Internet business models include terrestrial


Jim-BeachWhat is radio? Technically, it is the wireless transmission of electromagnetic radiation through space, in the frequencies below that of visual light. Papers are written and conferences held trying to define the changing nature of radio. New transmission methods push the boundaries of the definition. Ask any Internet radio host and they will gladly tell you about their “radio” show. Meanwhile, the industry veteran or radio traditionalist will insist that radio must originate from a 50,000 watt tower located on the outskirts of town. Just as a rose would smell the same by any other name, the definition of radio must change to include all of the transmission methods and business models that are redefining the landscape. Ask a 15-year-old or even 25-year-old what defines radio, and they mention top of the hour news, bumper music, and ads for local plumbers. They don’t care how they listen, but they expect the broadcaster to make it easy for them.

First of course was simple terrestrial radio. Then came the explosion of digital radio, satellite radio, and Internet radio. The lines continued to blur as terrestrial stations started Internet broadcasts. Now, a group out of Tampa is blurring the lines even more and is redefining what radio is all about. They are going against the prevailing wind it seems. AMFM 247 recently launched an Internet platform broadcasting a unique collection of talk shows and music. They believe that a mix of formats is what consumers really want and are willing to acknowledge that talk radio doesn’t do very well during the weekend, so you might as well play music.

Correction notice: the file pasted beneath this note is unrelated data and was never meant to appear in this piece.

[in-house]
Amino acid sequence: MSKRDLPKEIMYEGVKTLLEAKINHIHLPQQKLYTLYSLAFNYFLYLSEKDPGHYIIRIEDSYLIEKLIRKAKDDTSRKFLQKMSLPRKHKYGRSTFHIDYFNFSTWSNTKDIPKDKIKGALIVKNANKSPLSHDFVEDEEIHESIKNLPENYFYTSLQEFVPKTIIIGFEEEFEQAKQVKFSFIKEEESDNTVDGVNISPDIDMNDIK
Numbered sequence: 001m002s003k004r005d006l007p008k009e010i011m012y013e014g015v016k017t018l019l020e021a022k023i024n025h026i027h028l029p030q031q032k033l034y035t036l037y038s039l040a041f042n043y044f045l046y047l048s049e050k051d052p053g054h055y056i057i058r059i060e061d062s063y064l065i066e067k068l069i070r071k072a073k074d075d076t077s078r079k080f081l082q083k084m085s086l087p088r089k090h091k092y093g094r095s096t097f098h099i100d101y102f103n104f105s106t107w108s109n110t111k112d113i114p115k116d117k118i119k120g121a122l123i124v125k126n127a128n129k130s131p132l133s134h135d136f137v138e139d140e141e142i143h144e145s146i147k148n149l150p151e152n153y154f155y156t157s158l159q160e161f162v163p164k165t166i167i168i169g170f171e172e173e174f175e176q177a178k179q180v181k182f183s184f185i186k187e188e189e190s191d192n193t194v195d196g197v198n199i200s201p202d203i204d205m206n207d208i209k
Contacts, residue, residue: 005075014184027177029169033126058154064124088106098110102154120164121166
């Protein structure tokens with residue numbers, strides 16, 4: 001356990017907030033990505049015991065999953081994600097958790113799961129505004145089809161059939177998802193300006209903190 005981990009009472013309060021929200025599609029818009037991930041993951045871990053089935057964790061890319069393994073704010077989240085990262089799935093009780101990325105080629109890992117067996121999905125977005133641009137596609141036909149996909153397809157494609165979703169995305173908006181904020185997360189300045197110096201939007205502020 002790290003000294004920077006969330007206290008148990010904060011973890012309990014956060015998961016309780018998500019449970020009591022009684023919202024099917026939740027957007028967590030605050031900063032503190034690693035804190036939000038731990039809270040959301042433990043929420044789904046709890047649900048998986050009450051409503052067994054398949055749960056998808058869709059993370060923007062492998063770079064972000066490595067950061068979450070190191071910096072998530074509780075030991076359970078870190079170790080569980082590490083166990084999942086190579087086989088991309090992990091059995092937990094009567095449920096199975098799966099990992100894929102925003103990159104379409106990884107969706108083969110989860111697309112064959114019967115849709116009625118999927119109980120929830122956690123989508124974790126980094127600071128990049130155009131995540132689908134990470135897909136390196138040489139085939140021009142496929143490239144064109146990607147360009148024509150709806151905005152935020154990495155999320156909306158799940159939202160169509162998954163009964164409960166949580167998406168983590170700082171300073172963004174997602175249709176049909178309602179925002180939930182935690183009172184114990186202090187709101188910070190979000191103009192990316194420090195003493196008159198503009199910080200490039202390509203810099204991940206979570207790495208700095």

But the most interesting thing that AMFM 247 is doing is that in addition to their collection of new distribution platforms (traditional Internet distribution, Roku for video distribution, iHeartradio, and iTunes), they are also devoted to building a network of terrestrial broadcast platforms. Station founder and CEO Stuart Vener explains, “Radio is becoming more and more important, with more and more listeners. The need for terrestrial will never go away, so we are trying to do both. The future of radio is clearly the Internet, but you can’t discount the importance of terrestrial. People are still driving their cars and want to listen to the radio then.”

The station, only a month old, has already built an impressive collection of terrestrial stations. In Tampa, they broadcast on AM 1630 and FM 102.1. They are on both AM and FM stations in Las Vegas, Macon, Georgia, and Lancaster, Pennsylvania. They are adding stations in New Hampshire and other markets soon.  Jason Dowd, station Executive Producer, explains, “We wanted to diversify and feel that it is important to be on traditional radio stations also, and any other types of outlet that can benefit the host or listeners.”

Jason continues, “The more places that you are, the more exposure that you get, the better numbers will be.  And that will bring in the money. Our investors felt like it was in needed thing for radio. Right now you see traditional radio or Internet radio. They saw the potential of taking it of making it both. The trick is to the existing terrestrial radio station a little more appealing.”

It remains to be seen of course how the finances will shake out. AMFM 247 has just launched. But most of the other internet platforms are still working for a profitable model too.  We will discuss other business models in future posts and look at other stations to study how they are trying to monetize their content.

Jason wraps it up this way, “We want people from ages 18 to 90, homemakers, CEOs, health nuts, political nuts, the business and financial people. We want everyone they can benefit from this to listen to it and enjoy it, but we also want to make sure it can be listened to anywhere.”

-Jim Beach, School for Startups and Restaurant Owner Radio Host and McGraw-Hill Best Selling Author

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